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Don't Try to be Your Clients Best Friend

This is very sound advice if you are just starting up in the wedding business or even if you have been going a while.

The reason I am writing this post is I took a call today from a wedding biz buddy who admitted to overstepping the mark and treating a client as a friend. She was relaxed, she said too much about her personal stuff whilst trying to re-negotiate a new wedding date.

It totally backfired on her and she was horrified to see the other side of her client demanding her deposit back.

I am known as the Fairy Godmother of Weddings so often I receive calls from my wedding business buddies here to ask for advice and help, I offered a few ideas, poured oil onto troubled waters and worked out a plan that would work for both parties in this case.


When it comes to business, it stays at business, if you are a planner or supplier your clients are hiring you for a service, not to become their best mate.

Your clients already have their best mates, family and friends, they are not looking to add you to their best friend portfolios, they are booking you for the service you offer and handing over money for that service.

Now I have done this personally, I completely get how easy it is to become what I call overly involved. You become close to your clients when planning their weddings, I have seen this many times within the wedding industry, so if you read one blog post, this is the one to take note of.


As a wedding planner or supplier be friendly but remain professional. Always keep that distance when you are working for them. Don't get emotionally involved, that is for their family to pick up on, or they can hire a wedding coach to work on issues with them, it is not down to you.

The busier you become in your business the less you will want to be offering counselling as this will zap you of your energy, you won't be able to perform at your highest level for all your other clients.

If you have been hired as their planner your job is to plan their wedding, not sort out a spat between them and the parents in law or a bridesmaid. You are not offering counselling as part of your service, nor are you qualified to do so in a professional manner.

If you are hired as a florist, photographer, hair and make up, DJ, etc you are only providing that service, you are not there to offer your opinions as to where they should be seating their guests or what should they do if their best friend is behaving weirdly.


If you become the best friend when working with clients it really does open up another can of worms as you move closer to the wedding date.

A good example of this is if they suddenly give you a load more tasks to complete for their wedding day and treating you as if you were a bestie. They don't expect to pay extra as you are perceived as the bestie that will bend over backwards now to make sure everything is done, even if this means spending three evenings wrapping their favours and organising place cards.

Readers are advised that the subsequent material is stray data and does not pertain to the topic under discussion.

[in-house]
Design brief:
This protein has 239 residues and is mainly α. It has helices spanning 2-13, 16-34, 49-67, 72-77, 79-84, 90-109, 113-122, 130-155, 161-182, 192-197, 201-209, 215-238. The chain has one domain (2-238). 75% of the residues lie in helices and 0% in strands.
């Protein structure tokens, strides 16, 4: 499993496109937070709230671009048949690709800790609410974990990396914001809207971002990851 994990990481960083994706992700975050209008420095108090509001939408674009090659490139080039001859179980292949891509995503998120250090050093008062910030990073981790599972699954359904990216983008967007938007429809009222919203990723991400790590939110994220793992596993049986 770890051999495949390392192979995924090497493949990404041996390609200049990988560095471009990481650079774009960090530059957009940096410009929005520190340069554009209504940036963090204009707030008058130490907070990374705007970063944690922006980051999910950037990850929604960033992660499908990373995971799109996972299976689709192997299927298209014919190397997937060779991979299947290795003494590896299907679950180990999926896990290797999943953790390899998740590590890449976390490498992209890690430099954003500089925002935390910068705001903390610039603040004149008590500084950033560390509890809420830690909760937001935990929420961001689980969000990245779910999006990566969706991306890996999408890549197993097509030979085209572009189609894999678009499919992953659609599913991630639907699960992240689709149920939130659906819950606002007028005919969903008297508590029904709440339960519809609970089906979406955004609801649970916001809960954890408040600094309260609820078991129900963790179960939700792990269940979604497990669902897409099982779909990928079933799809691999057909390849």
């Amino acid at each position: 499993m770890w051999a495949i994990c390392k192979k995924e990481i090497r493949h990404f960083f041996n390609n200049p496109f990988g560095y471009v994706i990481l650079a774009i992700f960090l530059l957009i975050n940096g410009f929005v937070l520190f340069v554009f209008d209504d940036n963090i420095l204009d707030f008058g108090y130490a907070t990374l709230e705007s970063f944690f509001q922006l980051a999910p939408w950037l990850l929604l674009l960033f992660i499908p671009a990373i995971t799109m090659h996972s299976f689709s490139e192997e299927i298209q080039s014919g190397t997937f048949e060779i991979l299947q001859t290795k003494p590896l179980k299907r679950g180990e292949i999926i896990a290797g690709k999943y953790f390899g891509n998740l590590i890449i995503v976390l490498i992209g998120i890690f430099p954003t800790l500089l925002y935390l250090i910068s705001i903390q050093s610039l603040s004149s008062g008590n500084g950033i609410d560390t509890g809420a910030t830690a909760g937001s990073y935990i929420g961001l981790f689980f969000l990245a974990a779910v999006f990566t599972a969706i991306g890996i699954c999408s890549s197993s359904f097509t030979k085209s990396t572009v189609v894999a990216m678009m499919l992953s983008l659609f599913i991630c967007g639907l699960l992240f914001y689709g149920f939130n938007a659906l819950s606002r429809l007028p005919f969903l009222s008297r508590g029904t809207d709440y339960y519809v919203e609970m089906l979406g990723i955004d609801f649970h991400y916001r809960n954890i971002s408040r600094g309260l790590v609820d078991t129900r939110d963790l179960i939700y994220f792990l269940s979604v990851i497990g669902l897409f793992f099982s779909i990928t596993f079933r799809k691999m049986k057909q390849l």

If you are now a bestie it becomes extremely difficult to approach them in a professional manner and explain you charge extra for these services.


Always keep this in mind when you feel you are being drawn into a relationship that oversteps the professional boundaries within your contract with that client.

Be diplomatic but also make sure you take the monkeys they are dumping on your shoulders off and defer them away.

If you feel they are becoming too best matey I have plenty of advice as to how to handle this in a diplomatic way without offending your clients.

The key is to have a good trusting relationship with your clients but never to overstep the mark with them. They have parted with hard earned money for your particular service and if something goes wrong the backfire on you will be twice as bad if you have become the 'best mate' and are no longer acting in the professional arena you were originally hired for.


It is a very fine line between being friendly and professional to becoming a bestie, if you feel uneasy about certain things then the chances are you have overstepped that fine line so it is time to try to draw back slightly.

Don't get me wrong, I am still in touch with so many clients from way back and did become friends with them afterwards but during their weddings I chose, from experience, to keep boundaries in place.

When your contract finishes then they either keep in touch as you have developed a great relationship or eventually they tire of needing you and will go off into their married life and happily ever after without needing you ever again as a sounding board.

I really do hope this blog post helps, it is so important to understand offering a professional service as opposed to becoming a friend and always keep this in mind, especially if you are working in the wedding industry.


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